That happens in America and its 15 years. 25 years if its the South. Life if they factor in he could've given the girl GAYDS had the monstrous heathen broken the condom while deflowering the poor southern belle.

    Spoiler: show
    Don't mean to imply HIV/AIDS is only for gay people, but thats how Bible Belt idiots see it.

  6. #6

    I'm HIV positive and I absolutely support this. I would never, under any circumstances, have sex with someone without telling them.

    well maybe if we jacked off together, but that's it.

    although, that does bring up a good question... what defines sexual activity? because you can't get it if I blow you, or if we masturbate together. the law should be clear and limited to the scope of sexual acts that can be expected to have a reasonable risk of transmission... and the question of whether a .001% risk of transmission is reasonable or not makes this a lot more complicated than it seems.

    so yeah, I changed my mind. I like this in theory, and it should be a common practice among any decent human being with HIV, but as a law... it's gonna be complicated.

  7. #7
    Black Belt
    Join Date
    Jul 2005
    Posts
    5,741
    BG Level
    8

    this law would still operate under the overarching canadian law where if you say 'I'm so sorry eh' after doing something bad then it's all good

  8. #8
    Raised by Chocobos
    Join Date
    Sep 2006
    Posts
    25,615
    BG Level
    10

    I think it should be legally required in any situation in which penetration occurs (yes, including if you blow someone and you have HIV). Partners should be able to make informed sexual decisions, and they cannot unless a known HIV+ person tells them as much. The person with HIV shouldn't be able to decide "my meds are working well, my viral load is very low, it's not a risk" - whether it is a risk should be a determination that the at-risk person has a chance to make.

    Even if you don't get HIV from contact, the realization that it's a possibility is devastating when you could've prevented said possibility. I got a false-positive Hepatitis test once and it was the worst day of my life, even though it turned out to be false.

  9. #9
    king future
    King Past of the House of Weave

    Join Date
    Jul 2008
    Posts
    1,604
    BG Level
    6
    FFXI Server
    Phoenix

    Are there honestly people out there that think it's ok to keep your HIV a secret from a sex partner? That argument would be a tough sell.

  10. #10

    Would be a quick way to disappear off the face of the planet if it happened to me.

  11. #11
    I'm not safe on my island
    Nikkei will still get me.

    Join Date
    Oct 2006
    Posts
    20,118
    BG Level
    10

    I'm a bit conflicted between the idea of stigmatizing people with HIV/AIDs further, and helping keep infection rates down. Trying to avoid the situation where someone gets infected because their partner never told them is also a good reason. A friend of ours was infected a few weeks ago; he never knew his partner had the virus because he was never told about it. When they decided to have unprotected sex, the infected partner didn't fess up because he was afraid of losing his boyfriend, since refusing to have unprotected sex would have been an admission that something was wrong.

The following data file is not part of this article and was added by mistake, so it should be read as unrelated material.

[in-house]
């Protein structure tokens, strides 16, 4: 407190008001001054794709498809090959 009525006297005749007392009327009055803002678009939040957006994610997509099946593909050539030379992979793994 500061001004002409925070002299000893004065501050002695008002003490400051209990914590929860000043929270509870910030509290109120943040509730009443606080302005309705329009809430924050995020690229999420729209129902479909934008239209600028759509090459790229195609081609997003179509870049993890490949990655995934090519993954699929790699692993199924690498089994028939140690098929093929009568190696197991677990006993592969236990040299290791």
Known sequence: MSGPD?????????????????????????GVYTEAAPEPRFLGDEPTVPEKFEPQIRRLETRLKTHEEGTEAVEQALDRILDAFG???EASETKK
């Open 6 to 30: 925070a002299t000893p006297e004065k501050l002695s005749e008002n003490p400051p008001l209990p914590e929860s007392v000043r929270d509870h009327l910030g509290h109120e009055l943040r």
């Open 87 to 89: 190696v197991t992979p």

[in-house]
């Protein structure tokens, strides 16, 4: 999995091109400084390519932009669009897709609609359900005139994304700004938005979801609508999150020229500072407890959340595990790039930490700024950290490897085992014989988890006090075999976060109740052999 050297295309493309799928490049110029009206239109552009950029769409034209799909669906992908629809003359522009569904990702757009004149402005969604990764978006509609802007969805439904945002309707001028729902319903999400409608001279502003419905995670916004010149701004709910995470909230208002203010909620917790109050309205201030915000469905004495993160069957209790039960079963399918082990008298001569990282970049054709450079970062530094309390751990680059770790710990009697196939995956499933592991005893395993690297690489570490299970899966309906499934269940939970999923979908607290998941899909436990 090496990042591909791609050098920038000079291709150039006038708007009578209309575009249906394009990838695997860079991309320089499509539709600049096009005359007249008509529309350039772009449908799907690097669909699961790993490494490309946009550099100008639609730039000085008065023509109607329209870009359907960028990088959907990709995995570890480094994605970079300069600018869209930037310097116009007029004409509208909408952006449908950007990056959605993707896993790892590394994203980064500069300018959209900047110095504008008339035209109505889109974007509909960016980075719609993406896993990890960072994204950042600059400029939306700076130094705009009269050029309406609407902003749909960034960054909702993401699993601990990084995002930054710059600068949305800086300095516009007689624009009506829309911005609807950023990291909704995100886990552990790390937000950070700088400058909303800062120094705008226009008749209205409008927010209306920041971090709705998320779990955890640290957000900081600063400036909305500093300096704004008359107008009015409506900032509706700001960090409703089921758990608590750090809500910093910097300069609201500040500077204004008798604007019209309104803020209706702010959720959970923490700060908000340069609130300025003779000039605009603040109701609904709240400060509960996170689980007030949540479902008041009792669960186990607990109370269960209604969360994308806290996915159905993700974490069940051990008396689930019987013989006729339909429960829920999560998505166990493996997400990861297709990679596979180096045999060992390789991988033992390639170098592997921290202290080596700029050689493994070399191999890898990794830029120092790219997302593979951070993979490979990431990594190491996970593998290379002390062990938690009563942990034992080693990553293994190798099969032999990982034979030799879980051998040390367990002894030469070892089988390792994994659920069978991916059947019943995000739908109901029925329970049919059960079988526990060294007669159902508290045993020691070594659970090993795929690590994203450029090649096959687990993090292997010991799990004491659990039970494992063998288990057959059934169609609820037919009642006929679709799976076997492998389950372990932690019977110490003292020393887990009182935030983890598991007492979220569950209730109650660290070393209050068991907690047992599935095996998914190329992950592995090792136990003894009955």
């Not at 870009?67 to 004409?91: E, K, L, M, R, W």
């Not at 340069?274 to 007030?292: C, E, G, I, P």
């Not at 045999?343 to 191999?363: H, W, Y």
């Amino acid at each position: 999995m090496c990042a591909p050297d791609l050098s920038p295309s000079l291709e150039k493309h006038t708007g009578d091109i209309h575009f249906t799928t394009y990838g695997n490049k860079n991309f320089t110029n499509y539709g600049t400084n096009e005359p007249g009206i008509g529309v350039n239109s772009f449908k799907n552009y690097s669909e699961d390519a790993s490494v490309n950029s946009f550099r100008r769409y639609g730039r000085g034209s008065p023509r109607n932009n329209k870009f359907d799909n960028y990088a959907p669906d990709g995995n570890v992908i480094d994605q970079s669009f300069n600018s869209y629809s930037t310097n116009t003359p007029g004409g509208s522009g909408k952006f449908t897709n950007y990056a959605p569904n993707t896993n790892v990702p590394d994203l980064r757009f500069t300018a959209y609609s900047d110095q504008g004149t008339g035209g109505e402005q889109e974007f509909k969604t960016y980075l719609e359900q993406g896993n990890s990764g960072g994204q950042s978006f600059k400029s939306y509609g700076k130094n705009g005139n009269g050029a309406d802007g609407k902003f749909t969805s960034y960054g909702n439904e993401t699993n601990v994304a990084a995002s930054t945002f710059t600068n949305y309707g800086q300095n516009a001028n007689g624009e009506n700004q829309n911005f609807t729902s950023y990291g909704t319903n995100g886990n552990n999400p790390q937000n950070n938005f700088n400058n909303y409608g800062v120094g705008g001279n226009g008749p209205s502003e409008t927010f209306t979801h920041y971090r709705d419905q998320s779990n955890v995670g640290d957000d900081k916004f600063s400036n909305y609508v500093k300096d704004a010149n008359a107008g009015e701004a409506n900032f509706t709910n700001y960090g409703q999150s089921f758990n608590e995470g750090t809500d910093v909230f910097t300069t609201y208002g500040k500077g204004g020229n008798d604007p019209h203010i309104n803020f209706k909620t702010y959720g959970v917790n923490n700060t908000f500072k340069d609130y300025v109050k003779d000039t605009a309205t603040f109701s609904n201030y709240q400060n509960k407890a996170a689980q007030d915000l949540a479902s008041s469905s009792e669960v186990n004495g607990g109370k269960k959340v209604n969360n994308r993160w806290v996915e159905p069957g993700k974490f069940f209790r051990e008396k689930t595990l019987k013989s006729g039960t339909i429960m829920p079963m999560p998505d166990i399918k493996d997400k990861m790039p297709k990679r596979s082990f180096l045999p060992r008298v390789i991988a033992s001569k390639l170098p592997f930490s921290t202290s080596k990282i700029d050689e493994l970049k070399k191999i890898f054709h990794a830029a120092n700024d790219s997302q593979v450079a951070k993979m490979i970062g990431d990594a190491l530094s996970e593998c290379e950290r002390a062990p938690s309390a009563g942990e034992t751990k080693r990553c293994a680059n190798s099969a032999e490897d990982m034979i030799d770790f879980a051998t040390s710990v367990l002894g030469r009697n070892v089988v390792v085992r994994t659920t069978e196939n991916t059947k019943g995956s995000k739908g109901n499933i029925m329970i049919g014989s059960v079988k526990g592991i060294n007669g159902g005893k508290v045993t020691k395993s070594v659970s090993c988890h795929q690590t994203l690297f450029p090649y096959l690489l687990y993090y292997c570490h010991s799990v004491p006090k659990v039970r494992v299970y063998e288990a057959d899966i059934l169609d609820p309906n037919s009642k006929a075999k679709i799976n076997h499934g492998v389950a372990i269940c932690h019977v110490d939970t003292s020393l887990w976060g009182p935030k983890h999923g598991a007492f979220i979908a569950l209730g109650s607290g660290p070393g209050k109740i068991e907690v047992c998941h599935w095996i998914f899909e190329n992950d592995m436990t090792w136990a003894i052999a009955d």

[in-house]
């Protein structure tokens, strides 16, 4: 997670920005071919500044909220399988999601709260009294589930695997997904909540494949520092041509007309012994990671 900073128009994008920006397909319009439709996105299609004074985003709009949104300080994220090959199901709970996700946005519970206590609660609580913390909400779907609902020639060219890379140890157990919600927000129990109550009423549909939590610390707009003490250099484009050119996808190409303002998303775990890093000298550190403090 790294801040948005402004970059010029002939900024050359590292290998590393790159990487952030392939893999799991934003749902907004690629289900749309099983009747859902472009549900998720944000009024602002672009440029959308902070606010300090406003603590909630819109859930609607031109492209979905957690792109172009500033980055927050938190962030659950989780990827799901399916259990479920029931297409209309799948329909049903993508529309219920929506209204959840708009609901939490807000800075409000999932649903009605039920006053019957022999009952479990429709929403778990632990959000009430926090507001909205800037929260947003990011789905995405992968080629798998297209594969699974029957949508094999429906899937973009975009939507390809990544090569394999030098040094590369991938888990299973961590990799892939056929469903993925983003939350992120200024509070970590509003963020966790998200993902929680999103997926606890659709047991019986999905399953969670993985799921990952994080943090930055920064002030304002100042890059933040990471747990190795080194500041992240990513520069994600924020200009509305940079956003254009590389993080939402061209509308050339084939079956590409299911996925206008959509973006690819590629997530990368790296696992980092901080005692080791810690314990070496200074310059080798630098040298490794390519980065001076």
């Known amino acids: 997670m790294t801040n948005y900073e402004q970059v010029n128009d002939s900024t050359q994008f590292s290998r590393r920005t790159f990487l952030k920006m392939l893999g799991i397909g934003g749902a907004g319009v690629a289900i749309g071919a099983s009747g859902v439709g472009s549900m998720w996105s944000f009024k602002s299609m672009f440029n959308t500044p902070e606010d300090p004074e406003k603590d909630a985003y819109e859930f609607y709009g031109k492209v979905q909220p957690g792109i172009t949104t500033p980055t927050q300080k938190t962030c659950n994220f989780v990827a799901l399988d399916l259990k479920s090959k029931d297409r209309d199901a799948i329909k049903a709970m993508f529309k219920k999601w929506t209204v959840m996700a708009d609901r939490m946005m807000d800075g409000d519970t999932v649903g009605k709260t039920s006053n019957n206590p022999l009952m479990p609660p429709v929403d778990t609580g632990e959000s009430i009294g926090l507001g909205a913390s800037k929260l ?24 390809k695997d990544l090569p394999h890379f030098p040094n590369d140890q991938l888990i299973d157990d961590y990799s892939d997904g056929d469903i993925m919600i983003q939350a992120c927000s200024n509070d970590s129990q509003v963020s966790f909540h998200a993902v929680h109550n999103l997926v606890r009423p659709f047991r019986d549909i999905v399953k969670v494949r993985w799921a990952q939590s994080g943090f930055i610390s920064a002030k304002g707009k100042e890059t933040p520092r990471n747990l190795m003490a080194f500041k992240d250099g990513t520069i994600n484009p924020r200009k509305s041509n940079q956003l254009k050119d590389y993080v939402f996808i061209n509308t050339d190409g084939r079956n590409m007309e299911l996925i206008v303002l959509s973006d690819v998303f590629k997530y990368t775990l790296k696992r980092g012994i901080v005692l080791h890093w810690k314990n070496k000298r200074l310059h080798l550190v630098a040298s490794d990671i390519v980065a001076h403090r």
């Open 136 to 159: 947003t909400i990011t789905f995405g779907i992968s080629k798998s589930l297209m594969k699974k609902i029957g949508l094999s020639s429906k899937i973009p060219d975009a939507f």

12. #12

    That guy should get the chair yo

  13. #13

    Quote Originally Posted by Tagus View Post
    Are there honestly people out there that think it's ok to keep your HIV a secret from a sex partner? That argument would be a tough sell.
    Yes.

    Doesn't that suck?

    Enter: The Gov't

  14. #14
    Pied Piper of the Homos
    Join Date
    Feb 2009
    Posts
    4,981
    BG Level
    7
    FFXI Server
    Lakshmi

    Quote Originally Posted by Churchill View Post
    That guy should get the chair yo
    Then so should over 50% of sexually active adults... based on that logic with all STD/STIs.

    Then it also comes down to whether or not the person knows they're infected. With a 6 month incubation period before being able to know if you're infected or not, a lot of shit can happen then.

  15. #15

    I forget, can you die from crabs

  16. #16
    Atheist Douchebag.
    Pony Slayer of the House of Weave

    Join Date
    Oct 2006
    Posts
    2,537
    BG Level
    7
    FFXIV Character
    Zetanio Breaux
    FFXIV Server
    Gilgamesh
    FFXI Server
    Odin

    Quote Originally Posted by Churchill View Post
    I forget, can you die from crabs

  17. #17
    Black Belt
    Join Date
    Jul 2005
    Posts
    5,741
    BG Level
    8

    Quote Originally Posted by Churchill View Post
    I forget, can you die from crabs

  18. #18
    Pied Piper of the Homos
    Join Date
    Feb 2009
    Posts
    4,981
    BG Level
    7
    FFXI Server
    Lakshmi

    Quote Originally Posted by Churchill View Post
    I forget, can you die from crabs
    And you immediately die from getting HIV/AIDs?

  19. #19
    An exploitable mess of a card game
    Join Date
    Sep 2008
    Posts
    13,932
    BG Level
    9
    FFXI Server
    Diabolos

    Quote Originally Posted by Kuya View Post
    I'm a bit conflicted between the idea of stigmatizing people with HIV/AIDs further, and helping keep infection rates down. Trying to avoid the situation where someone gets infected because their partner never told them is also a good reason. A friend of ours was infected a few weeks ago; he never knew his partner had the virus because he was never told about it. When they decided to have unprotected sex, the infected partner didn't fess up because he was afraid of losing his boyfriend, since refusing to have unprotected sex would have been an admission that something was wrong.
    It's not like it's a sexual predator's list. It's a conference between two people that (hopefully) know each other. It's not even an issue worth blackmailing unless you break the law. You can't threaten to tell your EX's new partner because the person is going to have to disclose the information anyways. It's also not necessarily the case that it stays a secret either. Once they infect someone, it's pretty damn obvious what happened. There's as much "public" information as before. All this does is demand it within private relations.

  20. #20
    I'm not safe on my island
    Nikkei will still get me.

    Join Date
    Oct 2006
    Posts
    20,118
    BG Level
    10

    I'm probably in agreement with laws requiring disclosure of HIV status during certain circumstances. My reasoning is probably that people need more motivation to move them towards disclosure, since there's plenty of animus that motivates people to not tell their partners when they engage, particularly, in unprotected sex. It won't save everyone from catching HIV, but every little bit helps. I'm just concerned that people might find it hard to tell their partners out of fear, so perhaps laws might help counter this drive.